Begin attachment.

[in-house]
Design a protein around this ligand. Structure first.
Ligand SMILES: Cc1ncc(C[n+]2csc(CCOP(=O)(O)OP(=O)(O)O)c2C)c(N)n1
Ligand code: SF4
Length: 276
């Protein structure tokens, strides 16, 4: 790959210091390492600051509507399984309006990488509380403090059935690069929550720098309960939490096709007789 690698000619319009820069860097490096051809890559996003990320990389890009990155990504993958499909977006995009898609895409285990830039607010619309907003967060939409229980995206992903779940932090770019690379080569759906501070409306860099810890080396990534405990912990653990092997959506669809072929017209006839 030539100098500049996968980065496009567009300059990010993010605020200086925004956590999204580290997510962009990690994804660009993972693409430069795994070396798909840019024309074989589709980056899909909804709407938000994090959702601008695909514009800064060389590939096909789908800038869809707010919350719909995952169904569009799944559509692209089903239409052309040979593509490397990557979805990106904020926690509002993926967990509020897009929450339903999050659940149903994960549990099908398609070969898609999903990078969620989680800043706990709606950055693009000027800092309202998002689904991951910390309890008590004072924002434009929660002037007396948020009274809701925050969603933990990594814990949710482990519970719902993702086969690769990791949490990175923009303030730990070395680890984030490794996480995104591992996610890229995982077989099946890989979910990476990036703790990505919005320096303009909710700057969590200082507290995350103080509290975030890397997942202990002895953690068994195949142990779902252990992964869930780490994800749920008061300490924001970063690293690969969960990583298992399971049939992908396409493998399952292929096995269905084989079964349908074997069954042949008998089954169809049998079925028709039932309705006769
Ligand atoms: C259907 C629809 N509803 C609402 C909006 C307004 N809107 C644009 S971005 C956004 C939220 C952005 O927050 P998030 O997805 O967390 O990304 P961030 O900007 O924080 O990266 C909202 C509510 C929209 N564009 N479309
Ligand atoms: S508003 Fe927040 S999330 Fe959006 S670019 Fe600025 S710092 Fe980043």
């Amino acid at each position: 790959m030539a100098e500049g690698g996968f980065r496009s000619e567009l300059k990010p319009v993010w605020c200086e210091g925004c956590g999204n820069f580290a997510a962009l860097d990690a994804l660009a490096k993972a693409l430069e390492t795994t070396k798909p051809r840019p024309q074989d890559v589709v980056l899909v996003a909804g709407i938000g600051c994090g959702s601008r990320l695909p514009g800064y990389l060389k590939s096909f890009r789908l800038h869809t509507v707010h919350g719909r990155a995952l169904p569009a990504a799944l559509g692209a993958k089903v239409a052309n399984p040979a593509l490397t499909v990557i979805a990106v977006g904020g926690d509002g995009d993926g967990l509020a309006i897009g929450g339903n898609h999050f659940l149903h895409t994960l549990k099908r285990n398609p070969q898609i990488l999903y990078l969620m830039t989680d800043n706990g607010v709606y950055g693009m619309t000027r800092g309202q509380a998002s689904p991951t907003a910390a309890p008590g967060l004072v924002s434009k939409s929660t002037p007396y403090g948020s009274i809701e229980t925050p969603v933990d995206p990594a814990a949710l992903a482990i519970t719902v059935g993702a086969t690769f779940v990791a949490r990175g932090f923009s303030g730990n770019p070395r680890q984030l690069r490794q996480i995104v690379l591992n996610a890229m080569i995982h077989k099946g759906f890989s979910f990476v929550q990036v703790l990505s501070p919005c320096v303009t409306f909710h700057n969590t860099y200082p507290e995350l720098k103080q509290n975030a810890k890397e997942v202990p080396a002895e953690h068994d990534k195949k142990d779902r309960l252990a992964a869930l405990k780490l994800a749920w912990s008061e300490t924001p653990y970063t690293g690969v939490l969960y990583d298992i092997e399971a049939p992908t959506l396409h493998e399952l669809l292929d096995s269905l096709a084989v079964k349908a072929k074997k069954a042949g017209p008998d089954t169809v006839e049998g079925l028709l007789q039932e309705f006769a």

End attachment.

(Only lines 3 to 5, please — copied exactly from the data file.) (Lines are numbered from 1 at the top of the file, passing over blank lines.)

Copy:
Ligand SMILES: Cc1ncc(C[n+]2csc(CCOP(=O)(O)OP(=O)(O)O)c2C)c(N)n1
Ligand code: SF4
Length: 276